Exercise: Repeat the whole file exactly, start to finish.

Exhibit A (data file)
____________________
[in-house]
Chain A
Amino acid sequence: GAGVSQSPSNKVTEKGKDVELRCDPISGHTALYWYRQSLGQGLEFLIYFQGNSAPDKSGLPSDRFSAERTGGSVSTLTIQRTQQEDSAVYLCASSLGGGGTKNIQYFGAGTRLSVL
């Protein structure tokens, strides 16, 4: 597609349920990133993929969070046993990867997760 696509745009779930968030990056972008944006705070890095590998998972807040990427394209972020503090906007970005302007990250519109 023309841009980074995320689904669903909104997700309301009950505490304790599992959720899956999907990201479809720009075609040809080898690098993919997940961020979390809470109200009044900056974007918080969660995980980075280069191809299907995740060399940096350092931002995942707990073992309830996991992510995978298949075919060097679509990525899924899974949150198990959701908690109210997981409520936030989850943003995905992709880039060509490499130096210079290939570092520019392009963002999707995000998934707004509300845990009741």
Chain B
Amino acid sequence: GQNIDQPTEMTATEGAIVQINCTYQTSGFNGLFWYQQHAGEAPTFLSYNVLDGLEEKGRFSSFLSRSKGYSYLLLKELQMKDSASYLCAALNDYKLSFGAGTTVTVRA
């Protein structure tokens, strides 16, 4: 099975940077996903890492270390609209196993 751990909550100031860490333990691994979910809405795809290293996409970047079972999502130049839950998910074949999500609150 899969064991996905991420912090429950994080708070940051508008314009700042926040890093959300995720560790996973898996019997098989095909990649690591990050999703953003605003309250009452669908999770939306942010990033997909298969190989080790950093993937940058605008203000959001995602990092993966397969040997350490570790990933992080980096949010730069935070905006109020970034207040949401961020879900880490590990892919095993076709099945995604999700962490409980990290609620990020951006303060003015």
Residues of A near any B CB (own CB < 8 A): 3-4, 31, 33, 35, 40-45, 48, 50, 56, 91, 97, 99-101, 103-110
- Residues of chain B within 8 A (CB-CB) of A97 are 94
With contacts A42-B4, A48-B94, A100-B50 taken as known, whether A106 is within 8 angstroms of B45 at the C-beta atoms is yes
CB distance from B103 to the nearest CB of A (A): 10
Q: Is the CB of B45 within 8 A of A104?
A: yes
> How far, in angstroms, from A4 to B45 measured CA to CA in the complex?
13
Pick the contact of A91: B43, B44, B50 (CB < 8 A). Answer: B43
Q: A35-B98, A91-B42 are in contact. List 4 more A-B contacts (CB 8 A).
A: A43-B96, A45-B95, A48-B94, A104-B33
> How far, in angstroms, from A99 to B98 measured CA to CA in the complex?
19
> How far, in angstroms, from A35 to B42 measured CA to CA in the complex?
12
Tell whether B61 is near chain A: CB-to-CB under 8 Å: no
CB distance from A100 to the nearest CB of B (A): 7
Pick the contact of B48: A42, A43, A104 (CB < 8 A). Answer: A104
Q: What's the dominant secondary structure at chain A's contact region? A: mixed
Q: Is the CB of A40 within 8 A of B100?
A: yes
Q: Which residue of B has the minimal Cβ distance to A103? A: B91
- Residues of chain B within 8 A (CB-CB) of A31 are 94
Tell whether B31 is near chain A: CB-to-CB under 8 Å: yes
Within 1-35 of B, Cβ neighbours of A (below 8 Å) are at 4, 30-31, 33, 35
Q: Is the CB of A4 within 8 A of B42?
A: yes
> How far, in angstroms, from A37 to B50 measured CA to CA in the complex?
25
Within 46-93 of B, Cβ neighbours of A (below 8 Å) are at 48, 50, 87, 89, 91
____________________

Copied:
[in-house]
Chain A
Amino acid sequence: GAGVSQSPSNKVTEKGKDVELRCDPISGHTALYWYRQSLGQGLEFLIYFQGNSAPDKSGLPSDRFSAERTGGSVSTLTIQRTQQEDSAVYLCASSLGGGGTKNIQYFGAGTRLSVL
């Protein structure tokens, strides 16, 4: 597609349920990133993929969070046993990867997760 696509745009779930968030990056972008944006705070890095590998998972807040990427394209972020503090906007970005302007990250519109 023309841009980074995320689904669903909104997700309301009950505490304790599992959720899956999907990201479809720009075609040809080898690098993919997940961020979390809470109200009044900056974007918080969660995980980075280069191809299907995740060399940096350092931002995942707990073992309830996991992510995978298949075919060097679509990525899924899974949150198990959701908690109210997981409520936030989850943003995905992709880039060509490499130096210079290939570092520019392009963002999707995000998934707004509300845990009741």
Chain B
Amino acid sequence: GQNIDQPTEMTATEGAIVQINCTYQTSGFNGLFWYQQHAGEAPTFLSYNVLDGLEEKGRFSSFLSRSKGYSYLLLKELQMKDSASYLCAALNDYKLSFGAGTTVTVRA
């Protein structure tokens, strides 16, 4: 099975940077996903890492270390609209196993 751990909550100031860490333990691994979910809405795809290293996409970047079972999502130049839950998910074949999500609150 899969064991996905991420912090429950994080708070940051508008314009700042926040890093959300995720560790996973898996019997098989095909990649690591990050999703953003605003309250009452669908999770939306942010990033997909298969190989080790950093993937940058605008203000959001995602990092993966397969040997350490570790990933992080980096949010730069935070905006109020970034207040949401961020879900880490590990892919095993076709099945995604999700962490409980990290609620990020951006303060003015």
Residues of A near any B CB (own CB < 8 A): 3-4, 31, 33, 35, 40-45, 48, 50, 56, 91, 97, 99-101, 103-110
- Residues of chain B within 8 A (CB-CB) of A97 are 94
With contacts A42-B4, A48-B94, A100-B50 taken as known, whether A106 is within 8 angstroms of B45 at the C-beta atoms is yes
CB distance from B103 to the nearest CB of A (A): 10
Q: Is the CB of B45 within 8 A of A104?
A: yes
> How far, in angstroms, from A4 to B45 measured CA to CA in the complex?
13
Pick the contact of A91: B43, B44, B50 (CB < 8 A). Answer: B43
Q: A35-B98, A91-B42 are in contact. List 4 more A-B contacts (CB 8 A).
A: A43-B96, A45-B95, A48-B94, A104-B33
> How far, in angstroms, from A99 to B98 measured CA to CA in the complex?
19
> How far, in angstroms, from A35 to B42 measured CA to CA in the complex?
12
Tell whether B61 is near chain A: CB-to-CB under 8 Å: no
CB distance from A100 to the nearest CB of B (A): 7
Pick the contact of B48: A42, A43, A104 (CB < 8 A). Answer: A104
Q: What's the dominant secondary structure at chain A's contact region? A: mixed
Q: Is the CB of A40 within 8 A of B100?
A: yes
Q: Which residue of B has the minimal Cβ distance to A103? A: B91
- Residues of chain B within 8 A (CB-CB) of A31 are 94
Tell whether B31 is near chain A: CB-to-CB under 8 Å: yes
Within 1-35 of B, Cβ neighbours of A (below 8 Å) are at 4, 30-31, 33, 35
Q: Is the CB of A4 within 8 A of B42?
A: yes
> How far, in angstroms, from A37 to B50 measured CA to CA in the complex?
25
Within 46-93 of B, Cβ neighbours of A (below 8 Å) are at 48, 50, 87, 89, 91